The Revolution of the Chinese 5th Generation Film Directors Essay
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The Chinese 5th generation film directors are said to be responsible for the “renaissance of Chinese cinema.” As the fifth graduating class of the Beijing Film Academy entering the cinematic scene in the early 1980s, around half a decade following the conclusion of the Great Proletarian Cultural Revolution, these young directors had been thoroughly influenced by the actions of the Chinese government, having lived the longest parts of their lives through the Revolution. The Revolution had been destructive to the Chinese peoples as a whole.
Thus, Ni Zhen (2002), the author of Memoirs from the Beijing Film Academy: The Genesis of China’s Fifth Generation, writes about “the stark look, powerful emotions, national anxiety, and deep reflection that characterize early Fifth-Generation cinema.”
After all, the Cultural Revolution had been spearheaded by the Chinese dictator, Mao. The actions of the government during Mao’s era were appalling enough for the 5th generation film directors of China to respond to the Revolution after its conclusion.
The Revolution had “turned a nation of one billion people into fanatical lemmings,” writes Zhen. Thus, the 5th generation film directors found themselves responsible for stopping another Revolution by exposing the ills and shames of the Cultural Revolution experienced by the Chinese people through bad politics.
A common subject of the 5th generation films is the Cultural Revolution, of course, and the way it shaped Chinese life. A number of the 5th generation film directors had to quit school during the Revolution. They were forced by the political situation to either join the army or go to the countryside where they were required to serve communist ideals. Fabien Zeising explains the significance of the time in the lives of the 5th generation film directors: “In this period of their life they found out about the contradictions between ideology and reality. In this period they lost their enthusiasm and ideals.” Zeising further explains the youth of Zhang Yimou, one of the most acclaimed film directors of his generation:
Zhang was raised in a provincial town up in Shaanxi, in the North of China. He grew up “in the shadow of political stigma that surrounded his father” who was largely unemployed because of having been an major in the KMT Nationalist army with whom the Communists waged a protracted war. In a Guardian interview with Lynn Pan Zhang Yimou remembers that no matter how well-behaved he was at school, how excellent his grades (he came top in class every year), he could never join the Youth League, the stepping stone to the Communist Party. “I grew up introverted, withdrawn, reluctant to reveal my innermost thoughts.”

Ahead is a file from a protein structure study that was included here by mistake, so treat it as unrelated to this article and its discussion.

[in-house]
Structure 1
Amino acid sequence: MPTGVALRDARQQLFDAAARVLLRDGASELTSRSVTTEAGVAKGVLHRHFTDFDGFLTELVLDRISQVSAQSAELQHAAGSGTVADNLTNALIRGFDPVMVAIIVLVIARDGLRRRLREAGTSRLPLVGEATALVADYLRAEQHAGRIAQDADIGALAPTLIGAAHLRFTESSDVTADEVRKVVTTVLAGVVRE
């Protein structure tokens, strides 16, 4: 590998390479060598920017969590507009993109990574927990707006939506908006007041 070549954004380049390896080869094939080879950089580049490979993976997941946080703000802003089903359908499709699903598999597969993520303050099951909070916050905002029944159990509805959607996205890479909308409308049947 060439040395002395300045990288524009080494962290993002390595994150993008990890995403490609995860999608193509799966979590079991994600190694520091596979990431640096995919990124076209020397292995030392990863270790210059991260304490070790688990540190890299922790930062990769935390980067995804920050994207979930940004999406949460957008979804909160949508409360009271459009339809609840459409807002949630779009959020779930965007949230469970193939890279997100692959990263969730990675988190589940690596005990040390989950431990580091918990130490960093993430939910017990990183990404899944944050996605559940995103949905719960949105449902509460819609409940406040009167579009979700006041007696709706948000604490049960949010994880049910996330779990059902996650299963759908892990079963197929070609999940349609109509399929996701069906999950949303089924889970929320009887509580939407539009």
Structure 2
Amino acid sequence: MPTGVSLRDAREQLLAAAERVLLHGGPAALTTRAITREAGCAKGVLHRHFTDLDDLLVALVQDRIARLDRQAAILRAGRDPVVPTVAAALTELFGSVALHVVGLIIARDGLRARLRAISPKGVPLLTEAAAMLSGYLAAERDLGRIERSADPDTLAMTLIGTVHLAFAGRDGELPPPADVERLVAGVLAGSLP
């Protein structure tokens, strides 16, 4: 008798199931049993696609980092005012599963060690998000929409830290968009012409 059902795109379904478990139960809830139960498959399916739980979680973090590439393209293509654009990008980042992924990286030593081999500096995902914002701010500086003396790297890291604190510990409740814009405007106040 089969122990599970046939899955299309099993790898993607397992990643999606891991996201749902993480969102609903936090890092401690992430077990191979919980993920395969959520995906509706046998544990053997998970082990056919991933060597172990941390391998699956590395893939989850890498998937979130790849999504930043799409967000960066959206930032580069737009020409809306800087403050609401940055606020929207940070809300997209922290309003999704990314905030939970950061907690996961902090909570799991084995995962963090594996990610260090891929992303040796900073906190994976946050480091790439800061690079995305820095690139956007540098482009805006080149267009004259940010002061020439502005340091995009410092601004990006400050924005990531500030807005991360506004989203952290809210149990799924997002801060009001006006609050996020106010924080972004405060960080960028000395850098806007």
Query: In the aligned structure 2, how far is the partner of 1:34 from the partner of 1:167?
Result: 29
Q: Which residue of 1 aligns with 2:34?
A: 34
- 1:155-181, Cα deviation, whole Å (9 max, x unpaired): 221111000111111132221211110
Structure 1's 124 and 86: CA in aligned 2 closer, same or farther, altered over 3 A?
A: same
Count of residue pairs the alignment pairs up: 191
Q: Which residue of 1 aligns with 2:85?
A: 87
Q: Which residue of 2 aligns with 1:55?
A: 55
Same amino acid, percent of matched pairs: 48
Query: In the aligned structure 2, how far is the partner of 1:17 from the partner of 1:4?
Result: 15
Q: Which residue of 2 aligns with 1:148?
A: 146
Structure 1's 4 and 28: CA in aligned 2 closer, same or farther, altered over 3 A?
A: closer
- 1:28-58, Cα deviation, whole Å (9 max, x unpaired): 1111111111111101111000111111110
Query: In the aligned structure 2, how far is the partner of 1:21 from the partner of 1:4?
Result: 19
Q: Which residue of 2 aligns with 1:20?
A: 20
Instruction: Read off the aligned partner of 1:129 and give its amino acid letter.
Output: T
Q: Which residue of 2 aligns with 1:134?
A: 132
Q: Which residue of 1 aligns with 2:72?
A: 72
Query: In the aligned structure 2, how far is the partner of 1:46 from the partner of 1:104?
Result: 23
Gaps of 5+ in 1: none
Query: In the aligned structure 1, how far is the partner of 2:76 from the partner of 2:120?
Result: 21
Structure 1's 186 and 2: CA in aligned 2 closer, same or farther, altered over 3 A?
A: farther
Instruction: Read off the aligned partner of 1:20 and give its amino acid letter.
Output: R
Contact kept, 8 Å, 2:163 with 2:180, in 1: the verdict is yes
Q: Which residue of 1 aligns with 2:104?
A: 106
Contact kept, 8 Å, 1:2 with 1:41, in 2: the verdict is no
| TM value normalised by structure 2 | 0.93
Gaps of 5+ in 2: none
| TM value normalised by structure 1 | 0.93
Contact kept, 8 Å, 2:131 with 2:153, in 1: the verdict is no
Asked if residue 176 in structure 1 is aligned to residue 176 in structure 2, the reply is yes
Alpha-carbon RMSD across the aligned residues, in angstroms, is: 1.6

The most famous 5th generation graduate of the Beijing Film Academy was Chen Kaige, however, the director of Yellow Earth as well as Farewell, My Concubine. The man recalled often that he had attacked his own father at the age of fourteen during a mass rally of denunciation. Zhen explores Kaige’s action thus: “Was it because he was afraid of death? Yes, but there was something more terrifying. Having been driven out from but wanting to rejoin the masses who had collectively taken leave of their senses, he hurt his own gentle and dutiful father in order to be acknowledged as one of the group.”
The political situation was undoubtedly chaotic, and Kaige had to choose between the political party that his friends belonged to, and the opposition that his father had shown to the party. Kaige’s friends belonged to the Red Guard of Mao. As matter of fact, the same friends of the director were responsible for plundering young Kaige’s house as well as burning his family books. The director stated in an interview later on: “My best friends in the class, we played together, and then, the next day, they were totally different, they just ignored me. That’s why I decided to denounce my father when my classmates asked me to. It was the turning point of my life. I wanted to show my loyalty… That’s why I did not believe in the revolution” (Zeising).
The actions of the Chinese government had broken families. Some of the 5th generation film directors that exposed the corruption of the political system through their films were banned in the country. Zhang Yimou, Tian Zhuangzhuang and Kaige were three such directors.
Their films, To Live, The Blue Kite, and Farewell, My Concubine were all banned in China because they realistically portrayed the negative effects of the socialist upheaval in the ordinary lives of individuals as well as families. All three films explored the hardships suffered by families in the face of political and social pressures. Even so, To Live delivered the message that although bad actions of the government could tear families apart, it is possible for people to stay united no matter how government attempts to reshape society with radical principles (Cangialosi, 2005).
Given that the political influences of the Chinese government were the most important of influences in China at the time that the 5th generation filmmakers were growing up, these influences were apparent in the films that they made. It is, therefore, impossible to separate the remembrance of the Cultural Revolution from the films of the 5th generation directors of China.
Cangialosi, Jason. (2005). Personal Revolutions from China’s 5th Generation Filmmakers.
Associated Content. Retrieved April 26, 2007, from http://www.associatedcontent.com/movies/.
Zeising, Fabien. Films of 5th Generation Chinese Film-Maker. Retrieved April 26, 2007, from
Zhen, Ni. (2002). Memoirs from the Beijing Film Academy: The Genesis of China’s Fifth
Generation. (trans. Chris Berry). Durham: Duke University Press.